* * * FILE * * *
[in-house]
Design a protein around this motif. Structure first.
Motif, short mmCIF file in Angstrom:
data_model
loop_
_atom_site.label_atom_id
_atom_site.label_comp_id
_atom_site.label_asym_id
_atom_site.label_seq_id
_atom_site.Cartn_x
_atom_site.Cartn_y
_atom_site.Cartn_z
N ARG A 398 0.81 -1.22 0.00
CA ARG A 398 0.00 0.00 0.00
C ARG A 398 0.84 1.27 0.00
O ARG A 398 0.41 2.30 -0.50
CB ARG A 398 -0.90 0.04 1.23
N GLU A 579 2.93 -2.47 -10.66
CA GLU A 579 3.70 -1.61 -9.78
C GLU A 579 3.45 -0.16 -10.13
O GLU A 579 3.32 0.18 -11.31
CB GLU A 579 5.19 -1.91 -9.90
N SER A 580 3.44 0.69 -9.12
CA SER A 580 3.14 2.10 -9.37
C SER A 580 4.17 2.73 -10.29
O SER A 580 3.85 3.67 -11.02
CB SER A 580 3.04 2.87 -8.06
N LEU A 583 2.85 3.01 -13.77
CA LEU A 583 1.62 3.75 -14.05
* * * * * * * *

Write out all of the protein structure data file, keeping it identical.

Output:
[in-house]
Design a protein around this motif. Structure first.
Motif, short mmCIF file in Angstrom:
data_model
loop_
_atom_site.label_atom_id
_atom_site.label_comp_id
_atom_site.label_asym_id
_atom_site.label_seq_id
_atom_site.Cartn_x
_atom_site.Cartn_y
_atom_site.Cartn_z
N ARG A 398 0.81 -1.22 0.00
CA ARG A 398 0.00 0.00 0.00
C ARG A 398 0.84 1.27 0.00
O ARG A 398 0.41 2.30 -0.50
CB ARG A 398 -0.90 0.04 1.23
N GLU A 579 2.93 -2.47 -10.66
CA GLU A 579 3.70 -1.61 -9.78
C GLU A 579 3.45 -0.16 -10.13
O GLU A 579 3.32 0.18 -11.31
CB GLU A 579 5.19 -1.91 -9.90
N SER A 580 3.44 0.69 -9.12
CA SER A 580 3.14 2.10 -9.37
C SER A 580 4.17 2.73 -10.29
O SER A 580 3.85 3.67 -11.02
CB SER A 580 3.04 2.87 -8.06
N LEU A 583 2.85 3.01 -13.77
CA LEU A 583 1.62 3.75 -14.05